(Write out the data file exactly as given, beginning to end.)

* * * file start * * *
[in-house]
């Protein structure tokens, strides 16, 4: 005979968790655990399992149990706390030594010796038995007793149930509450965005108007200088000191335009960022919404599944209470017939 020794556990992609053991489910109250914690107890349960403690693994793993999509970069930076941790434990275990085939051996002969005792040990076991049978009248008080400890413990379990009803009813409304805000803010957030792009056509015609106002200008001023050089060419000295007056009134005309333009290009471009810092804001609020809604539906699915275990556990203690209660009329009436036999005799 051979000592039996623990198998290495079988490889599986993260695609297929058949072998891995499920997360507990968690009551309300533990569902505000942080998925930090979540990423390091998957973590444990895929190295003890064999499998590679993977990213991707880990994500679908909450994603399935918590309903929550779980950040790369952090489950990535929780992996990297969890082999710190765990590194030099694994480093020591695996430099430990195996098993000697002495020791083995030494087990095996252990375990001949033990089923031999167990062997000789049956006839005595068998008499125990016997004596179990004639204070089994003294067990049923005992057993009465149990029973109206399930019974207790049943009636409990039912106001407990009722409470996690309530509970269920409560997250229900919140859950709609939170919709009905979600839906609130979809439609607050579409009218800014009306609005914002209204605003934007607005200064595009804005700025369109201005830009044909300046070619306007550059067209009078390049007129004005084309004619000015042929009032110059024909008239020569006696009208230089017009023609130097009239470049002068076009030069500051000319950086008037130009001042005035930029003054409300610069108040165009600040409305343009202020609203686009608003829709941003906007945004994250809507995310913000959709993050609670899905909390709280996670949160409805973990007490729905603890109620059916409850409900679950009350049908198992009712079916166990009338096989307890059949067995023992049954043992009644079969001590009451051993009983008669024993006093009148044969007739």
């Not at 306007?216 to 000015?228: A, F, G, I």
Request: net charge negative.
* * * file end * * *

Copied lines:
[in-house]
């Protein structure tokens, strides 16, 4: 005979968790655990399992149990706390030594010796038995007793149930509450965005108007200088000191335009960022919404599944209470017939 020794556990992609053991489910109250914690107890349960403690693994793993999509970069930076941790434990275990085939051996002969005792040990076991049978009248008080400890413990379990009803009813409304805000803010957030792009056509015609106002200008001023050089060419000295007056009134005309333009290009471009810092804001609020809604539906699915275990556990203690209660009329009436036999005799 051979000592039996623990198998290495079988490889599986993260695609297929058949072998891995499920997360507990968690009551309300533990569902505000942080998925930090979540990423390091998957973590444990895929190295003890064999499998590679993977990213991707880990994500679908909450994603399935918590309903929550779980950040790369952090489950990535929780992996990297969890082999710190765990590194030099694994480093020591695996430099430990195996098993000697002495020791083995030494087990095996252990375990001949033990089923031999167990062997000789049956006839005595068998008499125990016997004596179990004639204070089994003294067990049923005992057993009465149990029973109206399930019974207790049943009636409990039912106001407990009722409470996690309530509970269920409560997250229900919140859950709609939170919709009905979600839906609130979809439609607050579409009218800014009306609005914002209204605003934007607005200064595009804005700025369109201005830009044909300046070619306007550059067209009078390049007129004005084309004619000015042929009032110059024909008239020569006696009208230089017009023609130097009239470049002068076009030069500051000319950086008037130009001042005035930029003054409300610069108040165009600040409305343009202020609203686009608003829709941003906007945004994250809507995310913000959709993050609670899905909390709280996670949160409805973990007490729905603890109620059916409850409900679950009350049908198992009712079916166990009338096989307890059949067995023992049954043992009644079969001590009451051993009983008669024993006093009148044969007739």
């Not at 306007?216 to 000015?228: A, F, G, I």
Request: net charge negative.